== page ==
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Brazil Bringing to the Screens a Revisionist History of the Country

Deus e o Diabo na Terra do Sol (Black God, White Devil), from 1964, was directed by Gláuber Rocha and stars Othon Bastos

Brazilian President Jair Bolsonaro’s administration is embarking on a project of cultural and historical revision. In September, the Cinemateca Brasileira, Brazil’s library of national films, was “occupied” by military and extreme-right politicians who criticized the institution’s “cultural Marxism” and promised a future film festival devoted to rehabilitating the image of the country’s military dictatorship.

Also in September, Ancine, Brazil’s national film development agency, saw its funding suddenly cut by nearly one half. Former Minister of Culture Marcelo Calero pointed out that all countries must invest in creative as well as scientific development, and that “these are measures that have a very strong ideological component.”

The Brazilian Association of Documentary and Short Filmmakers (ABD) issued a statement in which they declared that in view of the occupation of the Cinemateca and the Ancine cuts, the country’s film community was being “violated materially and symbolically by far-right activists.”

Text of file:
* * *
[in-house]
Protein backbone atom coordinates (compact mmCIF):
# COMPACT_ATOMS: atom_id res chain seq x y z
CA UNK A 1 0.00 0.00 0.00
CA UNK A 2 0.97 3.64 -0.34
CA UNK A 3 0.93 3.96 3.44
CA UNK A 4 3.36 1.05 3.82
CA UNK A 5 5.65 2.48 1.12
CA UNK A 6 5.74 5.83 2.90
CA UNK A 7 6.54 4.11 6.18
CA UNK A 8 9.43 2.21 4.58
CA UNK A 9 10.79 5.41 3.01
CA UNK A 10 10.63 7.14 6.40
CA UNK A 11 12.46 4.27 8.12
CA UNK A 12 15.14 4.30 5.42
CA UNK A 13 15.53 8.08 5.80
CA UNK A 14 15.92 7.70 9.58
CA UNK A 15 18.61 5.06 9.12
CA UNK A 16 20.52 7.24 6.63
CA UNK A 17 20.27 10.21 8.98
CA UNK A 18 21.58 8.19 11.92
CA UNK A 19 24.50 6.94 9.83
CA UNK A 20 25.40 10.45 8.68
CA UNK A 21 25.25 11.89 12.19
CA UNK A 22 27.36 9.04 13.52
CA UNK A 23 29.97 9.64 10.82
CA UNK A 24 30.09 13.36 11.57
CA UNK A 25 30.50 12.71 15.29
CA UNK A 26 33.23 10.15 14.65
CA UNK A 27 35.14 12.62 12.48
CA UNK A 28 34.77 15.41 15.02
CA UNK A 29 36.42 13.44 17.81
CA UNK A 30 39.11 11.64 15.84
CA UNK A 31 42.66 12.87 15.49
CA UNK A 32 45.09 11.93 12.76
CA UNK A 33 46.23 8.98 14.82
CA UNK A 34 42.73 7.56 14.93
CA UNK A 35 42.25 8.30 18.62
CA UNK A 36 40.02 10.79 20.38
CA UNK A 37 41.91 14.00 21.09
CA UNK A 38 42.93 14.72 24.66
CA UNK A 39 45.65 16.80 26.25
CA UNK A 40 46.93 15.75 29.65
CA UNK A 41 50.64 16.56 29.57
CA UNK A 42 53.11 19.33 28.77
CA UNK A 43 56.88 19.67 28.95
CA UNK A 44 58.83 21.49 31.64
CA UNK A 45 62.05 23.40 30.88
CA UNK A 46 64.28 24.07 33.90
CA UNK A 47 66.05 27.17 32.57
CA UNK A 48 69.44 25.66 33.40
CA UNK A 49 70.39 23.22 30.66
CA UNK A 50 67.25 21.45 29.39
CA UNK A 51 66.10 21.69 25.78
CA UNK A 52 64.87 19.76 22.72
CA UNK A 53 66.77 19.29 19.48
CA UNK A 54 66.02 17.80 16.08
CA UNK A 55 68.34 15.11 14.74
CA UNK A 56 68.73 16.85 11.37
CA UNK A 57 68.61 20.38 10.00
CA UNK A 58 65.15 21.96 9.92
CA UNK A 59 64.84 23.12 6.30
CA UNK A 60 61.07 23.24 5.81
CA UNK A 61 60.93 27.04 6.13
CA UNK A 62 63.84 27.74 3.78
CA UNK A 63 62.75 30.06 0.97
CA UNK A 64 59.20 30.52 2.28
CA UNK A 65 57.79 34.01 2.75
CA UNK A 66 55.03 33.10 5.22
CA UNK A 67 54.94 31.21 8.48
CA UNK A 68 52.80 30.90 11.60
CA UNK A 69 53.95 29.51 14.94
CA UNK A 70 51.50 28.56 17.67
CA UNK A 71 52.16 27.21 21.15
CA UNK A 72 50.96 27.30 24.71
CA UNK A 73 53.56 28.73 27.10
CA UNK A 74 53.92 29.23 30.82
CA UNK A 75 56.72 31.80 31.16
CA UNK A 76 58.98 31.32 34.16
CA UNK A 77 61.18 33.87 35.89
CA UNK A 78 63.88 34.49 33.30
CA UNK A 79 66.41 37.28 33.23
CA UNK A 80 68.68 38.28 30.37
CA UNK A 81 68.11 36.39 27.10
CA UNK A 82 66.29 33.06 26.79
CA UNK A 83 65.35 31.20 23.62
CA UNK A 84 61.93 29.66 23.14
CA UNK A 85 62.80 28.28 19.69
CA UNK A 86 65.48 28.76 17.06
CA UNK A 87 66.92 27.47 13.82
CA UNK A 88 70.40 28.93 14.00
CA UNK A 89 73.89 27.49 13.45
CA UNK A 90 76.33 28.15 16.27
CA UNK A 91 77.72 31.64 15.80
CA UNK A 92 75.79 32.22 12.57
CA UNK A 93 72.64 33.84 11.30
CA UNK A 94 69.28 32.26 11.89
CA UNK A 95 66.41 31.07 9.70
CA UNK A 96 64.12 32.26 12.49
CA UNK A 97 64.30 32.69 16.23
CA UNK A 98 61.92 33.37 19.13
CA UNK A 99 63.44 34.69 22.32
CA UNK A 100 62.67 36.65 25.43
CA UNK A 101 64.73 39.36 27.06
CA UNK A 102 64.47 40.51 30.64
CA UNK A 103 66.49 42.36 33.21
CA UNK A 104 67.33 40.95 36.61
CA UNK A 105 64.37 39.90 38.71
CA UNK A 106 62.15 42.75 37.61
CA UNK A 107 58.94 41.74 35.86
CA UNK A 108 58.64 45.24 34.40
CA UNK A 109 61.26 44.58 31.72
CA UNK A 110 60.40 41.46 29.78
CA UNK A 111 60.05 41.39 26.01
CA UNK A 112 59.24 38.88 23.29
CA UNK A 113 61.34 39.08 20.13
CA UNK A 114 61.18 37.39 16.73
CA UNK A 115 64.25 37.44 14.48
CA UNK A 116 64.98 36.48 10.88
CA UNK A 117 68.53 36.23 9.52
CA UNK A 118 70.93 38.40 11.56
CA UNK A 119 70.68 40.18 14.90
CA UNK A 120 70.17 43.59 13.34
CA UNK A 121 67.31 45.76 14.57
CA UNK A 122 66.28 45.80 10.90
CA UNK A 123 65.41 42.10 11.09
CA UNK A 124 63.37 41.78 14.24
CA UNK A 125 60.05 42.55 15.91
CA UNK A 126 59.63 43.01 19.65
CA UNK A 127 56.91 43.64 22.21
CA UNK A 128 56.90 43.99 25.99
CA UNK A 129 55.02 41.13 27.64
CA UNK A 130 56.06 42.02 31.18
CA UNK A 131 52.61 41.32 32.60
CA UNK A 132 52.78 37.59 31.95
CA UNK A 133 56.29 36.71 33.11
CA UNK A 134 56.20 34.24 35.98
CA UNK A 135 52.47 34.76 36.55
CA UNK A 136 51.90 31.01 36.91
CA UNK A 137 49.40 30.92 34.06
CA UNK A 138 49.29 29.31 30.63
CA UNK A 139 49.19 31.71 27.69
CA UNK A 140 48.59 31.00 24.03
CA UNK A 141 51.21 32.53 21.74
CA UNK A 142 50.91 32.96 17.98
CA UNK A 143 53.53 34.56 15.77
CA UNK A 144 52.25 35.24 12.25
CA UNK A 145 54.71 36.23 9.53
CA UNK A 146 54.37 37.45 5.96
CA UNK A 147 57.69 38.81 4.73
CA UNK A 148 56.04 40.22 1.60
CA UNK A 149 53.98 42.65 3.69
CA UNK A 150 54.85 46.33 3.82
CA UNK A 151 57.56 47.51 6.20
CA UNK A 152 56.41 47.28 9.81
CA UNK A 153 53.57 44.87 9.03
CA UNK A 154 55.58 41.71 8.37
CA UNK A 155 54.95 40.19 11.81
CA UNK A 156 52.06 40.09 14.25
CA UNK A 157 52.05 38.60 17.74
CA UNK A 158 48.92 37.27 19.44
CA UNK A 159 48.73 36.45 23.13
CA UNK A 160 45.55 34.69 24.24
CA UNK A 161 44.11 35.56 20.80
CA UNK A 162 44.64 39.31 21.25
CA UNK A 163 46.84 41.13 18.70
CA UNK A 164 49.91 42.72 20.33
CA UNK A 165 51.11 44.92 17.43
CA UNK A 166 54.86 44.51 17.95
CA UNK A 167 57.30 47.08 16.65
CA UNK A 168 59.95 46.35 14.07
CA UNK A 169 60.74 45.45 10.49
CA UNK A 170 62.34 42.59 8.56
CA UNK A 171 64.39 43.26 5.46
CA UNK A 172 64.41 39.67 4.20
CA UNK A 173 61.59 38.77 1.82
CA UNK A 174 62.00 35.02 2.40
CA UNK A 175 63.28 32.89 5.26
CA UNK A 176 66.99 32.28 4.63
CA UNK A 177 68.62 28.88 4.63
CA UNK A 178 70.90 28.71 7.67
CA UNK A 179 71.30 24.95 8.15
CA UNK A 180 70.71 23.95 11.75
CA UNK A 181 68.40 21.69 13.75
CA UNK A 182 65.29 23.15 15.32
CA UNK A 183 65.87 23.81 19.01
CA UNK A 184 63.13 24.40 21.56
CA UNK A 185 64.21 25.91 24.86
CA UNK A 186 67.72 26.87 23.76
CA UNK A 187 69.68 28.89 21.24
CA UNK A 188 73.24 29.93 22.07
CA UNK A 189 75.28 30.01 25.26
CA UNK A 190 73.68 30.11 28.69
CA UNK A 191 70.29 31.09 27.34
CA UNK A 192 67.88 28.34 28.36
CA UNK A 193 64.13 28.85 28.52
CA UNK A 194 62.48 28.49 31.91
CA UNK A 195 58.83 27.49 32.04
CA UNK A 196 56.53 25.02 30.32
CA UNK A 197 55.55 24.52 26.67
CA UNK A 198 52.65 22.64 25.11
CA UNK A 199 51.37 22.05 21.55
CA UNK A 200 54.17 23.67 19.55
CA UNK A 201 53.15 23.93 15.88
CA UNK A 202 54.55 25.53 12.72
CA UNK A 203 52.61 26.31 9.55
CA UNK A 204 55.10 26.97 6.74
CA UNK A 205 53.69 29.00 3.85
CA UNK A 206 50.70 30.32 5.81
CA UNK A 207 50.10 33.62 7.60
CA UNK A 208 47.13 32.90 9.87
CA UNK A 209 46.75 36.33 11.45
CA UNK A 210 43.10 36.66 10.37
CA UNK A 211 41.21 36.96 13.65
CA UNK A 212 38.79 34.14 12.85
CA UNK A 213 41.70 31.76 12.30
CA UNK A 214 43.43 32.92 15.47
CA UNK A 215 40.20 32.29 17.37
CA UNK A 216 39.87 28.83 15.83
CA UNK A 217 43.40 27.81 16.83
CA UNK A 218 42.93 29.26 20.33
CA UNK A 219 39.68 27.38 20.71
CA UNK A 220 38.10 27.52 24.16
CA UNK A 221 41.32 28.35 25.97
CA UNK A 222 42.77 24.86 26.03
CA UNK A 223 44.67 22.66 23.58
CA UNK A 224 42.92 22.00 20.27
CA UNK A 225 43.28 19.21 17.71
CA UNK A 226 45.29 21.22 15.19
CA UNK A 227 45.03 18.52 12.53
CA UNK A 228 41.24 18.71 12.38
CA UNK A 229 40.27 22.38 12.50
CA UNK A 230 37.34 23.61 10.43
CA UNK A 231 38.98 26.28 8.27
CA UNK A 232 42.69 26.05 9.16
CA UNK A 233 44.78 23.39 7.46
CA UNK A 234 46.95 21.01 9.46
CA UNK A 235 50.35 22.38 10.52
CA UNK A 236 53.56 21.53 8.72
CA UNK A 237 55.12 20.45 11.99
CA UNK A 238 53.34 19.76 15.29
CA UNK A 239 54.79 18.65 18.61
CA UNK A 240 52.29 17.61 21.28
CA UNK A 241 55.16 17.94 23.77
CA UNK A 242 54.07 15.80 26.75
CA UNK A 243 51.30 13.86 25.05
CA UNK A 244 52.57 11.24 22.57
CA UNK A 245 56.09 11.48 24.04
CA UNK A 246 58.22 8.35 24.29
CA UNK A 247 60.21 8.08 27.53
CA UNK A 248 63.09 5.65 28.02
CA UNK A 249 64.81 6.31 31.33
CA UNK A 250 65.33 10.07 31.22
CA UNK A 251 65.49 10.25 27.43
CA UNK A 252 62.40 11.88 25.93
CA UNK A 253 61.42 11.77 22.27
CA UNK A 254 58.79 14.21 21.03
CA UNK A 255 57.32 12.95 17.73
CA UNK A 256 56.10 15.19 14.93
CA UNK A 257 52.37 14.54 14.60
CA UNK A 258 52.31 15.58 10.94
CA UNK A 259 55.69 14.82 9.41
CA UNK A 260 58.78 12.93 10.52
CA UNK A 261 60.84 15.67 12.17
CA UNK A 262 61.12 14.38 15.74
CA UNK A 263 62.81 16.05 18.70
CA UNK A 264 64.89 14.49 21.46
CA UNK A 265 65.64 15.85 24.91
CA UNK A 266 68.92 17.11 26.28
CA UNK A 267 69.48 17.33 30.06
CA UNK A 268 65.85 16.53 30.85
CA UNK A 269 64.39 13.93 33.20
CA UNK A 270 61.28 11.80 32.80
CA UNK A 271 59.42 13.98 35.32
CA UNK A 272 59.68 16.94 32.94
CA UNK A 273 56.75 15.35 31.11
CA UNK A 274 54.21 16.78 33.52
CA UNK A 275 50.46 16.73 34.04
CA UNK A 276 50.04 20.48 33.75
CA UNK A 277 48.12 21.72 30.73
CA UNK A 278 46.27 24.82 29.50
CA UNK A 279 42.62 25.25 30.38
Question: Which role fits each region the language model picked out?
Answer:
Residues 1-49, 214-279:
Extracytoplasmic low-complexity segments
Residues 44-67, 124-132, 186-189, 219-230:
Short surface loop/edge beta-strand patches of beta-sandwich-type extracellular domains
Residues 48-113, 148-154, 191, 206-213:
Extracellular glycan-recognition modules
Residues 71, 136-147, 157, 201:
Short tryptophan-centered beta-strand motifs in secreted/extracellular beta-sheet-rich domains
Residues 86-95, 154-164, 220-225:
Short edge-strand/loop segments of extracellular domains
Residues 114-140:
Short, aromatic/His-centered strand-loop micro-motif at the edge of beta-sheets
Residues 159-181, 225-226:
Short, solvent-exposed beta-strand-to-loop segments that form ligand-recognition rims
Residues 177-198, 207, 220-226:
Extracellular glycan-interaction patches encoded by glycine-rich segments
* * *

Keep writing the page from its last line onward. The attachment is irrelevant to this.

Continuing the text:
This week, the government announced the creation of a new video series under the aegis of TV Escola (TV School) entitled “Brazil: The Last Crusade” in which “the hidden history of Brazil will be revealed.” Production company Brasil Paralelo (Parallel Brazil) vows to “combat leftist ideas” with the series, whose first episodes can be seen for free on Youtube. Future segments will be available on a pay-per-view basis.

The first video opens with what producers imply is the false narrative of Brazil, with images of former President Luiz Inácio Lula da Silva, long lines and crime. Then drone shots of monuments, churches, and skyscrapers are juxtaposed with stacks of books and talking heads. Conspiracy theorist Olavo de Carvalho, who contests that the earth is round and claims Pepsi is sweetened by aborted fetuses, is prominently featured.

This week, Carvalho demeaned both the former president and another Brazilian humanitarian of humble origins when he commented on the author of “Pedagogy of the Oppressed”: “What did Paulo Freire ever do for Brazil? Not a damn thing. He didn’t even teach Lula how to read.”